French Novel Writers

Instructor: Summer Stewart

Summer has taught creative writing and sciences at the college level. She holds an MFA in Creative writing and a B.A.S. in English and Nutrition

French literature has a rich history with writers exploring social and political injustice. In this lesson, we will look at Alexander Dumas, Victor Hugo, Gustave Flaubert, and Simone de Beauvoir, four major French authors that made significant contributions to literature.

French Literature

French literature is an important body of work because many French authors explore controversial political and social themes even within their fiction. Some of the most romantic, adventurous, and serious novels came from the minds of French novelists.

Since there are so many great French novelists, we will focus on prominent novelists of the 19th and 20th centuries. In this lesson, we will look at the lives and works of Alexander Dumas, Victor Hugo, Gustave Flaubert, and Simone de Beauvoir.

Alexander Dumas and The Count of Monte Cristo

Alexander Dumas was a French novelist whose writing career spanned the middle of the 19th century. Many of Dumas' novels were historical adventures that were published as series in local periodicals. Some of his most popular novels include The Count of Monte Cristo, The Three Musketeers, The Regent's Daughter, and The Knight of Sainte-Hermine. Dumas made quite a bit of money as a writer in his day, but he wasn't very good with saving it. Biographers describe Dumas as a frivolous spender who spent his income on women and luxury.

The Count of Monte Cristo was published between 1844 and 1845 as a serial adventure novel. The story begins just before Napoleon returned to the throne after exile, a time known as the Hundred Days in France. The story follows a man named Edmond Dantes who accused of treason on his wedding day. He is taken to prison without a trial to the Château d'If.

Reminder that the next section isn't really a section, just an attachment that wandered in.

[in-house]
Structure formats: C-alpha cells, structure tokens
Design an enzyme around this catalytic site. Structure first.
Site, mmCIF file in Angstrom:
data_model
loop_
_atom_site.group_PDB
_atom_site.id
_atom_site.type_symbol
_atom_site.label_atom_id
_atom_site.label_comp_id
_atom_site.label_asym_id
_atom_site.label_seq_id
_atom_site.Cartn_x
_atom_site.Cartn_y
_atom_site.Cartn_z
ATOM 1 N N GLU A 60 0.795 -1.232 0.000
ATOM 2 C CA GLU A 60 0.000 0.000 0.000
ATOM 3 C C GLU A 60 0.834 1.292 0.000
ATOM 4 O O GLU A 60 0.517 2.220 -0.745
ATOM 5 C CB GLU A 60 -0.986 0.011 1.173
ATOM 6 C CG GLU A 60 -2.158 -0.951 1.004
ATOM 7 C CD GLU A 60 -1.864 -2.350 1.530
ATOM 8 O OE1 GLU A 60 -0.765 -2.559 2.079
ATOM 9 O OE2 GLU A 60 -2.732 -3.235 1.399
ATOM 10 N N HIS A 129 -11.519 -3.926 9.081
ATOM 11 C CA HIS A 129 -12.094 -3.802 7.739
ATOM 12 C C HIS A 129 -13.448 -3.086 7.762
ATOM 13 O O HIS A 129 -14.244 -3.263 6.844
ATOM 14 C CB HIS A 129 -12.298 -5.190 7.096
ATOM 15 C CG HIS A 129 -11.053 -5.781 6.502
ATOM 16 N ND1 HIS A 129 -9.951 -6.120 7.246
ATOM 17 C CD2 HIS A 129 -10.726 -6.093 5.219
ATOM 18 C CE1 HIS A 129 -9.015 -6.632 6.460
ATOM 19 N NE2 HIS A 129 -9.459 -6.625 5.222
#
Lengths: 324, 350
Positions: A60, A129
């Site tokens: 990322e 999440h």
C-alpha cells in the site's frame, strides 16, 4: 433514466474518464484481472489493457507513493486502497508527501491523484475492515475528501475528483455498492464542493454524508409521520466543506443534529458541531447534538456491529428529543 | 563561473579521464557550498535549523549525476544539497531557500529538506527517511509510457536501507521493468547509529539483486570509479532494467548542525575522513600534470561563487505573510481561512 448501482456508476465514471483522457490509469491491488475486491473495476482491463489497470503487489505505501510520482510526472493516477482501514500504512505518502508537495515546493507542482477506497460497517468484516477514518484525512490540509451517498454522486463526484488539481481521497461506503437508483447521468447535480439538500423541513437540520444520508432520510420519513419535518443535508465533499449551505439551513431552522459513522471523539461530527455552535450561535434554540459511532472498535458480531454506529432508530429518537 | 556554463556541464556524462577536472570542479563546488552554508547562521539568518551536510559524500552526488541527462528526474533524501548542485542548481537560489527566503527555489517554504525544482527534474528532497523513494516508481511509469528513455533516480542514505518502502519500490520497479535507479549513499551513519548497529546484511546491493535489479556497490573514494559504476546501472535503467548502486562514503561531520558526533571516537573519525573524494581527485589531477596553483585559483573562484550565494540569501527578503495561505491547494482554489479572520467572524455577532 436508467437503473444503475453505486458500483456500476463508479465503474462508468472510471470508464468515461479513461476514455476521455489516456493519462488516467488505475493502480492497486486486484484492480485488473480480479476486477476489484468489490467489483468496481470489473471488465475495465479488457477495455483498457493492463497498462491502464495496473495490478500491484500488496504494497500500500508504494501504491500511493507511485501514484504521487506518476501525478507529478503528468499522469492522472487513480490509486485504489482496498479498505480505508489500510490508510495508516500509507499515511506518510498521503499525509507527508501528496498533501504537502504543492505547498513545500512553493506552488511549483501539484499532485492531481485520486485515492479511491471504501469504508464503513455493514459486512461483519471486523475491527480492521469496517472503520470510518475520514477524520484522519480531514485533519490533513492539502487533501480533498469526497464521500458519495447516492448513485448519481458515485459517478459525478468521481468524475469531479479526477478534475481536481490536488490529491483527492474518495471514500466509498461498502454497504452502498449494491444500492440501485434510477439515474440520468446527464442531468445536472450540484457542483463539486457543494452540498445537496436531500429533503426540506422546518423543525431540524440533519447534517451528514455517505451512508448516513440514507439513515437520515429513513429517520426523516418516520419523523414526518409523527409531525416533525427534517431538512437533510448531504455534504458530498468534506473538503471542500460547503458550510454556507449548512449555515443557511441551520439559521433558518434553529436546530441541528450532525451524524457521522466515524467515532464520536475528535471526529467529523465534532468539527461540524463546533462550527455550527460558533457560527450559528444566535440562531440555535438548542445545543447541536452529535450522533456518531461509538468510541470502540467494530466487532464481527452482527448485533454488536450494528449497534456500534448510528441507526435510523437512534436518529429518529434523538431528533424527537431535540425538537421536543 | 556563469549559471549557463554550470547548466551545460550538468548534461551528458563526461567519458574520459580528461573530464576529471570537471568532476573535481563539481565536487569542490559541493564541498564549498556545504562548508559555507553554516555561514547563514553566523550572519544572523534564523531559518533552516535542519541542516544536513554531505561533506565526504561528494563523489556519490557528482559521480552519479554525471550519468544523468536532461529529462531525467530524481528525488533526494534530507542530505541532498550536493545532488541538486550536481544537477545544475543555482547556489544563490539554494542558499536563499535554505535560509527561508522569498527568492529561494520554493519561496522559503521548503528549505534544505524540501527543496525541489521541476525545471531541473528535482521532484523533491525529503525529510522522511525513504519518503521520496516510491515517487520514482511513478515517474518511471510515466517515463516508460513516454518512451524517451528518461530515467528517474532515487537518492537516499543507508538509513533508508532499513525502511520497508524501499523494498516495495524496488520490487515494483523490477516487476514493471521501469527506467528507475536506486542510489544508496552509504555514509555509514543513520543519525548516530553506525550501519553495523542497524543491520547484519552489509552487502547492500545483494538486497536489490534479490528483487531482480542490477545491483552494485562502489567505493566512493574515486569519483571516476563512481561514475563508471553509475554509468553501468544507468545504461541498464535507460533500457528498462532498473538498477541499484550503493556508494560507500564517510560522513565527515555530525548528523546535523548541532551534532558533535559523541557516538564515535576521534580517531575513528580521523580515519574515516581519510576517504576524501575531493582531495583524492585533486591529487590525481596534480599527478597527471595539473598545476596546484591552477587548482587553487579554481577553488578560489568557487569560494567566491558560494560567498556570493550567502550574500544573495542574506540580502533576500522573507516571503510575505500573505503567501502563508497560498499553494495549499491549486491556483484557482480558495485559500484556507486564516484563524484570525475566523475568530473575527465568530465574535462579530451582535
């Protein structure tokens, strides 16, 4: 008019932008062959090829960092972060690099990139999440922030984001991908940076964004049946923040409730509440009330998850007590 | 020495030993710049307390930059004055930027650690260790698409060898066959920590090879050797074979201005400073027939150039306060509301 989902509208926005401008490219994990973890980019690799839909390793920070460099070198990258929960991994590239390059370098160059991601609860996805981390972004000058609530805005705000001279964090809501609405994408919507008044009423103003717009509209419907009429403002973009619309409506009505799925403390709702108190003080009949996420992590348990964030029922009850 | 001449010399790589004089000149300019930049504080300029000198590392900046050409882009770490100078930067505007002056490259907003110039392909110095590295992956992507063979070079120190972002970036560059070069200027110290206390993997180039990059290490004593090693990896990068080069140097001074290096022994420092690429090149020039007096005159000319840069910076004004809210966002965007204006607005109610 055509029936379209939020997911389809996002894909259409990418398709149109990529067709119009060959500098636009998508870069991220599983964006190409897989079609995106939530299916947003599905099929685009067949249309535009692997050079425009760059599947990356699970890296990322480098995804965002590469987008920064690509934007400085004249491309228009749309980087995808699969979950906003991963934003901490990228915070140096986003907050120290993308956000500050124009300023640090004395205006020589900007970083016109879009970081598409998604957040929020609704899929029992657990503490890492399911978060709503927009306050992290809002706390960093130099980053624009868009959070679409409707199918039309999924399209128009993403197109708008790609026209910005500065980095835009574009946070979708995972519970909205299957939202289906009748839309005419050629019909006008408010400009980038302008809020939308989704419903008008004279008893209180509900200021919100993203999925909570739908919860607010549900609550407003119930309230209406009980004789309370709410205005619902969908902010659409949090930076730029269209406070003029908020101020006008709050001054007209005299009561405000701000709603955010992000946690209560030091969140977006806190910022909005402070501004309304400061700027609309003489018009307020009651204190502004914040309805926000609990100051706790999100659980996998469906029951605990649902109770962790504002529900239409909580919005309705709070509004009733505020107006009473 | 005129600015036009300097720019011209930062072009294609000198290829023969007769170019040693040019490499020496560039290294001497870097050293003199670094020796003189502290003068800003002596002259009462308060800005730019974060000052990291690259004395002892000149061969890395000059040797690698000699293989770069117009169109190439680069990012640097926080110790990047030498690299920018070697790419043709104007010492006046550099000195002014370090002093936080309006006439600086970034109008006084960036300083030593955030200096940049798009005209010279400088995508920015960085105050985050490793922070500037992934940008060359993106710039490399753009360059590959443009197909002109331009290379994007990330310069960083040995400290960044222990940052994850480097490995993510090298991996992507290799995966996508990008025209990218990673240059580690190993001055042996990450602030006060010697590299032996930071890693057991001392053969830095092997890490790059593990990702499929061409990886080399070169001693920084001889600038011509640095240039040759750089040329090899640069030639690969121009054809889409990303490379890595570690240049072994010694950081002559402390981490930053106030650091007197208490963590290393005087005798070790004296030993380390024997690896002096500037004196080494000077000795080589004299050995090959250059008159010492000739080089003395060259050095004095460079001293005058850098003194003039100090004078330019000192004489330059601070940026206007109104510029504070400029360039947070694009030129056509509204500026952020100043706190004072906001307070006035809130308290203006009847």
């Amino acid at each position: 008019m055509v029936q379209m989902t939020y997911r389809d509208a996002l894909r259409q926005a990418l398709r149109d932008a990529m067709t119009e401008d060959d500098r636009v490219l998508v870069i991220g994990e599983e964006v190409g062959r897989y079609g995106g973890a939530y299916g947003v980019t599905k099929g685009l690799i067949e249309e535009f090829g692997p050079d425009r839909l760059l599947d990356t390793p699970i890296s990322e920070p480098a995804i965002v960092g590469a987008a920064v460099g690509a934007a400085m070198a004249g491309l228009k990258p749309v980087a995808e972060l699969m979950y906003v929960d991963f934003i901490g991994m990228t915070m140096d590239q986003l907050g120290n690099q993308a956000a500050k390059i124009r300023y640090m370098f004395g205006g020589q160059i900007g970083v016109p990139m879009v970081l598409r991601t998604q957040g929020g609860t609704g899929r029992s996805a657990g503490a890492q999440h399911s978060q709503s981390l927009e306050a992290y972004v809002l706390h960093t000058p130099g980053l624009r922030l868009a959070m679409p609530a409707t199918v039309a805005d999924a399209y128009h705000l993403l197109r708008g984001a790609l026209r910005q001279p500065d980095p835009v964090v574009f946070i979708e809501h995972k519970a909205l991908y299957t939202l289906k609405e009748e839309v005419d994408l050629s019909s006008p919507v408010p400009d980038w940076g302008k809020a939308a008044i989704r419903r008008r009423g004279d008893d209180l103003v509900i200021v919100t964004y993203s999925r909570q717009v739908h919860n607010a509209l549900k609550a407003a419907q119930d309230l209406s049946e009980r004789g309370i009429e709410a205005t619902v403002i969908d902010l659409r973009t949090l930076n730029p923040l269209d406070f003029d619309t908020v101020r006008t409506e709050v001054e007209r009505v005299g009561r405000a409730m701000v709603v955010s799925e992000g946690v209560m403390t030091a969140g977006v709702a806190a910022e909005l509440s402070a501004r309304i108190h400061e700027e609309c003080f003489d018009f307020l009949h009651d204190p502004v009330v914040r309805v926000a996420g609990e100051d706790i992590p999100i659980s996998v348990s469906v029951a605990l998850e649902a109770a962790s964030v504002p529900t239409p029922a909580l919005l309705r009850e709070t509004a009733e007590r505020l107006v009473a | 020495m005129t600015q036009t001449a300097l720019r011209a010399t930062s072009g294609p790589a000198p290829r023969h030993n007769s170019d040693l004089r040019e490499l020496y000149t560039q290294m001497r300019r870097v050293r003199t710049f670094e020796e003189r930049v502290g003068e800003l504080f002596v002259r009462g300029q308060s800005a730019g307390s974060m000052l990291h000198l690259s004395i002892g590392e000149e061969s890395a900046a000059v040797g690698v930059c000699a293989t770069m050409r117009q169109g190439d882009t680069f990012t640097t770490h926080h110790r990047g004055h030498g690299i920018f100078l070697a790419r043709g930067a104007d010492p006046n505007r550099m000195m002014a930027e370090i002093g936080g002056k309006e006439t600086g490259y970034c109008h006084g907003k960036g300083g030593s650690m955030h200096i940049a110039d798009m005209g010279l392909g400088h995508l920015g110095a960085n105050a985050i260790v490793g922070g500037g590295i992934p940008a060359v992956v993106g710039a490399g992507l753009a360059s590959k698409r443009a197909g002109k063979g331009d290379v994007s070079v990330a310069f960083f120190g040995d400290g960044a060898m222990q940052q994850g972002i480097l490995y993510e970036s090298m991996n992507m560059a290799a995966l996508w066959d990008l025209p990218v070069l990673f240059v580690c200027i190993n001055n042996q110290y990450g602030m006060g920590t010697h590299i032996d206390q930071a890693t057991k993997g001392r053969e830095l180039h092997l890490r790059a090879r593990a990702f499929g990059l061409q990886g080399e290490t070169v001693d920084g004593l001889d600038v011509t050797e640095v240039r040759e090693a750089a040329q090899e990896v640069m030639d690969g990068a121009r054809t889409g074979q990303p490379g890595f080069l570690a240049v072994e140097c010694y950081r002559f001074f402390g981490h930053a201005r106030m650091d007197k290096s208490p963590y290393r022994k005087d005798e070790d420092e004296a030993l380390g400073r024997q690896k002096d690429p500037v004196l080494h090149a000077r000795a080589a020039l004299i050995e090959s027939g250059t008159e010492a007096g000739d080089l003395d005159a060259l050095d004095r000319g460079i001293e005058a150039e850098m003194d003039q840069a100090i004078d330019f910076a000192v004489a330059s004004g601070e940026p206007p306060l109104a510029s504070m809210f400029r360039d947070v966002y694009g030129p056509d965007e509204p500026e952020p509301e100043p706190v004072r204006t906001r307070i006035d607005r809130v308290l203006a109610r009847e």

Edmond befriends Abbé Faria and together they determine that Edmond's crewmate Danglars was responsible for Edmond's imprisonment. Eventually, Edmond escapes prison and is told about a fortune for Faria. Edmond transforms into the Count of Monte Cristo and returns to France to teach those who betrayed him a lesson.

In his journey to get vengeance, he winds up hurting innocent bystanders in the process. The main themes of the novel are loyalty, jealously, justice, mercy, and hope.

Victor Hugo and The Hunchback of Notre Dame

Victor Hugo famously wrote The Hunchback of Notre Dame and Les Miserables during the Romantic movement in France. Hugo is so well regarded in France that he was featured on the French coin (the franc) and was buried in the Pantheon. During his lifetime, he published over a dozen novels and even more pieces of work were published after his death in 1885. Politics, social unrest, and justice are recurring themes in his novels.

The Hunchback of Notre Dame was published in 1831. The novel follows the lives of Esmeralda, a gypsy, and Quasimodo, a hunchback who saves the woman from imprisonment by taking her inside the Notre Dame Cathedral where she is given sanctuary. Eventually, Esmeralda is rescued by Frollo and Gringoire, but Frollo betrays her and turns her into the police. She is hung from the gallows. Quasimodo remains with her corpse and dies of starvation.

Gustave Flaubert and Madame Bovary

Gustave Flaubert was at the height of his writing career during the mid-19th century. As a novelist, he excelled in literary realism and is considered one of the most powerful realist novel writers in the history of France. Madame Bovary was his first novel and it garnered him a great deal of attention. Scholars purport that Flaubert created characters that were as real as is possible; his words were effectively exact and his characterizations were incredibly life-like.

Madame Bovary is a masterpiece in its own right and serves as the perfect example of literary realism. As Flaubert's first novel, it was published in 1856. The plot is about Emma Bovary, a young wife who engages in affairs and lives beyond her means as a way to ignore her boring life.

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